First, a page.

FM Technical Profile: WECB


Station Name:
B 105.3
Frequency:
105.3
Format:
Country
Transmitter Location:
[map] [street view] About a half mile west of the intersection of Ross Clark Circle with South Oates Street (US-231), behind the Hyundai car dealer.
Power (ERP):
10 kW
Antenna:
Nondirectional
Antenna HAAT:
434 feet
Other Information:
60 dBu protected contour map, from the FCC.
:PS-[?] Time-[?] Text-[?] PTY-[?] PI-WECB-FM
More Information:
[FCC]
[FCCdata]
[Radio-Locator]
[Wikipedia]
[Facebook]

[Studio] Street View imagery of the Gulf South studios on US-231 in Dothan.
Owner:
Alabama Media
History:
This station has an interesting history.  The allocation for this 105.3 MHz frequency was originally to the small town of Chattahoochie, Florida, and Gulf South applied for a Class A station, with transmitter site in the community of Recovery, Georgia.  The transmitter location was changed to an area north of Recovery, and this one apparently did go on the air, as the FCC shows a license to cover filed in October 1992 with a call sign issued, WUMG.  A contributor notes, however, that the owners didn't think that community could support a small station and that it may not have gone on the air at all.  Gulf South applied to change the community of license to Headland, Alabama, just north of Dothan in Henry County.  The rationale used for picking this small town was that this would be Headland's first "local service".  This was met with a lot of local opposition, who claimed that Headland was more or less a part of Dothan and was already served adequately by many Dothan radio stations.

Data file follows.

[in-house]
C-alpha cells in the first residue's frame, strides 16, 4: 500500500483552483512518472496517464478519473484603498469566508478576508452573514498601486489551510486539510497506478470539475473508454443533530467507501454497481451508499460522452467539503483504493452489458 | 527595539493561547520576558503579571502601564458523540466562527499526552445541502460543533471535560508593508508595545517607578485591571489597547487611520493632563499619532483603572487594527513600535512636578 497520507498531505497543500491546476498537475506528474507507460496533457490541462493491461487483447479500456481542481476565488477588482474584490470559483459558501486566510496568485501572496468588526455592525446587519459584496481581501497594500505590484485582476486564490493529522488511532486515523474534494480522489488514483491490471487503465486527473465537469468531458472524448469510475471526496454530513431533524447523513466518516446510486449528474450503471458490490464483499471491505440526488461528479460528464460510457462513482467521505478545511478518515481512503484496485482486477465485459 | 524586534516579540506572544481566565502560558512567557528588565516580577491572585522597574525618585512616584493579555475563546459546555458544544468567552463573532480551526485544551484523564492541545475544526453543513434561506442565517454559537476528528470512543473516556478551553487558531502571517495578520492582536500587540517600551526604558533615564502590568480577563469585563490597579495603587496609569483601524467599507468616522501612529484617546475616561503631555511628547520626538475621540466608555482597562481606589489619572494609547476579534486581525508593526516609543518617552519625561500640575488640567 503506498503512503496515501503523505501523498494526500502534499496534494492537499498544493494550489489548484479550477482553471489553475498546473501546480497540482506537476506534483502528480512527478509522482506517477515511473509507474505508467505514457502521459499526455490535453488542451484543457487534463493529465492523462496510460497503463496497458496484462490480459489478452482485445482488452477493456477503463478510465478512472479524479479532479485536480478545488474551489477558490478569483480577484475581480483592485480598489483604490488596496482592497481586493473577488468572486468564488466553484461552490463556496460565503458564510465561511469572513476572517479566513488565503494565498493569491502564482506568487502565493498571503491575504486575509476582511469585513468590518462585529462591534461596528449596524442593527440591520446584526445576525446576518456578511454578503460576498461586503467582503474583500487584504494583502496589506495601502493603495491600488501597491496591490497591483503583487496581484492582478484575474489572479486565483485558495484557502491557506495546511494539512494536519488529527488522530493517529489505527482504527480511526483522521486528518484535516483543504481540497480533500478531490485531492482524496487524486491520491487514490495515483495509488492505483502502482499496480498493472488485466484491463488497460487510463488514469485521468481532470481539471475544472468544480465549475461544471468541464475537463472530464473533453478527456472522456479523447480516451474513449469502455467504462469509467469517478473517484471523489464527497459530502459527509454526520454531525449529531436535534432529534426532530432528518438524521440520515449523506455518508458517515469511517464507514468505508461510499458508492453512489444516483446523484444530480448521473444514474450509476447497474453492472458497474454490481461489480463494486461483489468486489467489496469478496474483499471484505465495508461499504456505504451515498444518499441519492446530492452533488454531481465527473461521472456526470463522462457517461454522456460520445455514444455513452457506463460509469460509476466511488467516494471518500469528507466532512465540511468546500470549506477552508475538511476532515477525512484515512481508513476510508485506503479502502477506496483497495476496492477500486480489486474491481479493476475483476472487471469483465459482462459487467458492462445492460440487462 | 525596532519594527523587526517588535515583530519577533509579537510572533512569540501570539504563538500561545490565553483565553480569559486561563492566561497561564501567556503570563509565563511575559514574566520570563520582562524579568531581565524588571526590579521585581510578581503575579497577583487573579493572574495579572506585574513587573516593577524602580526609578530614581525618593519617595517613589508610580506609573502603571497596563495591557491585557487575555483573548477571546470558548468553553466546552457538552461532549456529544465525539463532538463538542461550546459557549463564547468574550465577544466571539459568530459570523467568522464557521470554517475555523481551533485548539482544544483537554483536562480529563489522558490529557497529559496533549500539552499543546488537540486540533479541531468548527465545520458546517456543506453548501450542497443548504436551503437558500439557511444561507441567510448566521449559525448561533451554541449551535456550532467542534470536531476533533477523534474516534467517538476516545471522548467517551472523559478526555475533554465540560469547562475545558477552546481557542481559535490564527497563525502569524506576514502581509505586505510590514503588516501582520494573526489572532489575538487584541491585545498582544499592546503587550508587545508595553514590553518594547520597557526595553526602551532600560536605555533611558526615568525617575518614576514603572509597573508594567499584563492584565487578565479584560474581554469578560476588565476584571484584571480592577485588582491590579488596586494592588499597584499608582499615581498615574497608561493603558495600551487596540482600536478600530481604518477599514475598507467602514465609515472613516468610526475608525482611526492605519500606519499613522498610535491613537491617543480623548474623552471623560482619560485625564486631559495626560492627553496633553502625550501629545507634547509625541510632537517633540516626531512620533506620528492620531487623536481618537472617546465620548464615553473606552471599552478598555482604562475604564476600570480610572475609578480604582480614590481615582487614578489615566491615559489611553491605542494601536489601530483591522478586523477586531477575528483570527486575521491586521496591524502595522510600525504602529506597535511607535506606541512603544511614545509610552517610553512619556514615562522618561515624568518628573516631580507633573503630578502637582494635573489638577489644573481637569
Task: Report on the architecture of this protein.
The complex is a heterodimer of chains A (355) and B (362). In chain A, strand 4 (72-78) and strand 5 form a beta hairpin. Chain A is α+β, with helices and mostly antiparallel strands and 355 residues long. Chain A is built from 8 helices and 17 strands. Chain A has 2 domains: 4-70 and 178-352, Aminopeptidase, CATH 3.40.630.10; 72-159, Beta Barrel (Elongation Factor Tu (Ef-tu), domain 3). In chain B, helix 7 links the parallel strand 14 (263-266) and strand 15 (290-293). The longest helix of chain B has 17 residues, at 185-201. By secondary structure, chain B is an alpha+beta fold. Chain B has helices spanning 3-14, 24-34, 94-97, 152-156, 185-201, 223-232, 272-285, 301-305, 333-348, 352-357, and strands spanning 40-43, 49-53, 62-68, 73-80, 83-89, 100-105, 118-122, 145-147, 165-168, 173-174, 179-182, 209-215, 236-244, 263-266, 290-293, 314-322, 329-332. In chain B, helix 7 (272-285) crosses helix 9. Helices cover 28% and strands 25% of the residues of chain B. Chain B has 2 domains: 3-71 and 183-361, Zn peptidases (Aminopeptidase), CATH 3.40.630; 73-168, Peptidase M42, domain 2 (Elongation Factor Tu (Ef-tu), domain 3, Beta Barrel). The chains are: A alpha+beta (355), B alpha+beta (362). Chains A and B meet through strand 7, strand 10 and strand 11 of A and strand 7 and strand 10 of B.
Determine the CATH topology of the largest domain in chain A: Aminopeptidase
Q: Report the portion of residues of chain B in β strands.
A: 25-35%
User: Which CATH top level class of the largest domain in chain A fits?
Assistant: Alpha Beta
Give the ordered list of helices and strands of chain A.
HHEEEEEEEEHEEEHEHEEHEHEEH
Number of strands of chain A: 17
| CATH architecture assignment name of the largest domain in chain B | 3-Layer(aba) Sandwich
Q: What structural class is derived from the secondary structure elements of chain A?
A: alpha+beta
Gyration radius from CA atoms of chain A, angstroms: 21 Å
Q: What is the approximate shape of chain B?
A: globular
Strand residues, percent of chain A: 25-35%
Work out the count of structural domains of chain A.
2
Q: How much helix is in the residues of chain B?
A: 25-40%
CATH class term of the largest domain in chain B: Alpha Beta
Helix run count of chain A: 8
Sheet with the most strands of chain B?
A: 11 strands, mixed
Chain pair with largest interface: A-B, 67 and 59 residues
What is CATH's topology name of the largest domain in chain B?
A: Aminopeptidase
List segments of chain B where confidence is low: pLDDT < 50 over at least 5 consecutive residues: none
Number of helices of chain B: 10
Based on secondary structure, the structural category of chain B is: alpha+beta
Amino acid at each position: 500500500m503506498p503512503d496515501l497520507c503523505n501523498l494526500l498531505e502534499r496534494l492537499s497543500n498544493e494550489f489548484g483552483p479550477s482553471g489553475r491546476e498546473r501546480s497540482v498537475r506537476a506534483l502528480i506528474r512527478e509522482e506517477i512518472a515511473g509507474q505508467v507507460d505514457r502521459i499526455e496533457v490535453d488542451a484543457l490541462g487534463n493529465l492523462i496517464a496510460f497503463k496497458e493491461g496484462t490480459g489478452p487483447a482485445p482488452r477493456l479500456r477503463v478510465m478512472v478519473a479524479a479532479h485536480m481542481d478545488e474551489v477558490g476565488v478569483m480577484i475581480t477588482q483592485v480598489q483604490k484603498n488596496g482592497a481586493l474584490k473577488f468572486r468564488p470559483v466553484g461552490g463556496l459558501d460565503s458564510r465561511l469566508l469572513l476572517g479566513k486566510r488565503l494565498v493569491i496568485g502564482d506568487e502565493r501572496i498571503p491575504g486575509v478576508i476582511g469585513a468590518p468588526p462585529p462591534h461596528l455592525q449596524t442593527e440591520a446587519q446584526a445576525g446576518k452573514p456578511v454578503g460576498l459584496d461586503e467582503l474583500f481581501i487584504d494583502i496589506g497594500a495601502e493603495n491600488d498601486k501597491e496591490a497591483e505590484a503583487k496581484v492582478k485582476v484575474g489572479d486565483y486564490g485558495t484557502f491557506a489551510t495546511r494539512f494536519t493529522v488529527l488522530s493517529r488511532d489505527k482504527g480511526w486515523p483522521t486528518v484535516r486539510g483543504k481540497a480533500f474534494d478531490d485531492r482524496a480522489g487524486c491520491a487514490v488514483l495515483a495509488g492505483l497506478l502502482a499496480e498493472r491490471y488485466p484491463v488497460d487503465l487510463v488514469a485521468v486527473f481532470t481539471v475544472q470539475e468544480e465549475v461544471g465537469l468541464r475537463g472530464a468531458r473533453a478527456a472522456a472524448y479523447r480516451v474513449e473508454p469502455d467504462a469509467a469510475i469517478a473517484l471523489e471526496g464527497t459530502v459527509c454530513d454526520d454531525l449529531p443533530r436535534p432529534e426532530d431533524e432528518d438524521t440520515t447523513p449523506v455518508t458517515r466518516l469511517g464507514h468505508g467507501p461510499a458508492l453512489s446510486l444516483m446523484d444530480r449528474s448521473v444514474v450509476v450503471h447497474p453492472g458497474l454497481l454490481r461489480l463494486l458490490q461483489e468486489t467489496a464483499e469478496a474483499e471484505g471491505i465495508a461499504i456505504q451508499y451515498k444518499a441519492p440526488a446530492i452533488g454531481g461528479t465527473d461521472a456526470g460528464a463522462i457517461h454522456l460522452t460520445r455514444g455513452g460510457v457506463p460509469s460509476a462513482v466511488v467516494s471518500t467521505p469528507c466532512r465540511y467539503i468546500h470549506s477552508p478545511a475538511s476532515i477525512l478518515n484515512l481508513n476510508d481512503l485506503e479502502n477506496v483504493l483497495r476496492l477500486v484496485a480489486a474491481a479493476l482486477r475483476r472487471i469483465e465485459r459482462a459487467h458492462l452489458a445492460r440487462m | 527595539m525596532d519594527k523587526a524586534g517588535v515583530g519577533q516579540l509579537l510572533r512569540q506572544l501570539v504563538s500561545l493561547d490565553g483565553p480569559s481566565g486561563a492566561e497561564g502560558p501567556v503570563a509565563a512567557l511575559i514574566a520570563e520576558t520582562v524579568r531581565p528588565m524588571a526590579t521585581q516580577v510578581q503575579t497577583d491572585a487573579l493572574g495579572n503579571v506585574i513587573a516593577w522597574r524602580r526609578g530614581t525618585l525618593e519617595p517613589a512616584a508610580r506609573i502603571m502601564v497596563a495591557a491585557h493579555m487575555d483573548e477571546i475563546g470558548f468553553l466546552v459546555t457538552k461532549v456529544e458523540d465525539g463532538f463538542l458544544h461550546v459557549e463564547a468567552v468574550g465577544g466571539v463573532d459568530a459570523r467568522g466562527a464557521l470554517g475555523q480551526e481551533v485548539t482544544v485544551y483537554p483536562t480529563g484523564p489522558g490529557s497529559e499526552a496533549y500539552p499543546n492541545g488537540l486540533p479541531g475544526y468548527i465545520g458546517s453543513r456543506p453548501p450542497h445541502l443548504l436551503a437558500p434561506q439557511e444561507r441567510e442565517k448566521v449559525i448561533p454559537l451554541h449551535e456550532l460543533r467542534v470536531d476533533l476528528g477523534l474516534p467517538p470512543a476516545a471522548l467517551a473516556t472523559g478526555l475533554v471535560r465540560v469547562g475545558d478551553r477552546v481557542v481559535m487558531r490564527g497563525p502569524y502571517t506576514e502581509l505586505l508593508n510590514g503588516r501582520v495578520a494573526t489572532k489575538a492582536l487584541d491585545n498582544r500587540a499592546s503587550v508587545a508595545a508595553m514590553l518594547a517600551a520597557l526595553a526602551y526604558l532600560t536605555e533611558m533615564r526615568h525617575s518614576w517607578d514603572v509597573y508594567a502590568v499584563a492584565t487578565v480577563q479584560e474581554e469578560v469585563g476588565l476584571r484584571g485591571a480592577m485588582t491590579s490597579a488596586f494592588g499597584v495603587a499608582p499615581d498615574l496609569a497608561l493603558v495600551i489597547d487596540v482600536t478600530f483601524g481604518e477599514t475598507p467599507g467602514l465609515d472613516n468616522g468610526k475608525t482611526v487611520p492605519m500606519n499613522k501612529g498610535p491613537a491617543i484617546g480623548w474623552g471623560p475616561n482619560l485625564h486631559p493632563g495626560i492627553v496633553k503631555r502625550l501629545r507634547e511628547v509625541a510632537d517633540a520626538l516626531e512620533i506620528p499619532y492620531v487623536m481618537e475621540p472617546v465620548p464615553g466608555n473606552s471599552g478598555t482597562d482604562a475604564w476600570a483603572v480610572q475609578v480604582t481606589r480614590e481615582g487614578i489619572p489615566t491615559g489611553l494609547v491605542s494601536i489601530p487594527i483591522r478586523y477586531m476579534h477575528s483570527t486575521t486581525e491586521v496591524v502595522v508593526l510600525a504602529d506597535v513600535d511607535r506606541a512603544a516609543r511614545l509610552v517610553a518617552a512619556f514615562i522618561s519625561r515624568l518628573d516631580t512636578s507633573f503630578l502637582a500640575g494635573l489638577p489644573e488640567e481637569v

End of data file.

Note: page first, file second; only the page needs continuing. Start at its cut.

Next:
Before we continue with the history of this station, it's worth pointing out the significance of "local service" in the eyes of the FCC and how it relates to this story.  The FCC's policy is strange.  It dictates that a COL city of license is more important than the actual geographical area it serves.  So while those opposed to this station's move were technically correct that the community of Headland was already served by numerous signals, the FCC bought into the COL change request because no station had been previously licensed to that specific community, regardless of how many signals were available there.  My contributor notes that the FCC's ruling in this case has set a precedent that has been used in many COL changes put forth since.
 
It appears the move to Headland occurred somewhere between the 1992 and 1996.  The call letters changed to WBCD in February 1994, WZND in August 2002 and finally WDBT in March of 2004.  Before the flip to talk, the station had a country music format.  When the owners bought the Geneva, Alabama 93.7 MHz station, which was talk, they orchestrated a format flip, moving the talk to 105.3 and the country to the bigger signal.
 
In May 2011 the station began to be heard on WUSD, the 93.7 MHz station that had talk on FM originally in the market.
 
December 2011 brought more changes to the station, with a call sign change from WDBT to WECB, with country music as "B-105".   Formerly a South East Broadcasting property, it was sold in 2011 to Alabama Media in a complicated deal involving Gulf South Broadcasting.  Members of the Holladay family are involved in both Gulf South and Alabama Media. In mid-July 2015 the station received a construction permit to re-locate the antenna from the site northwest of Webb to a new tower behind the Hyundai dealer on the SW corner of Ross Clark Circle.  That signed on in November 2016.  It is co-located with WESP, WJRL and WLDA, all co-owned stations.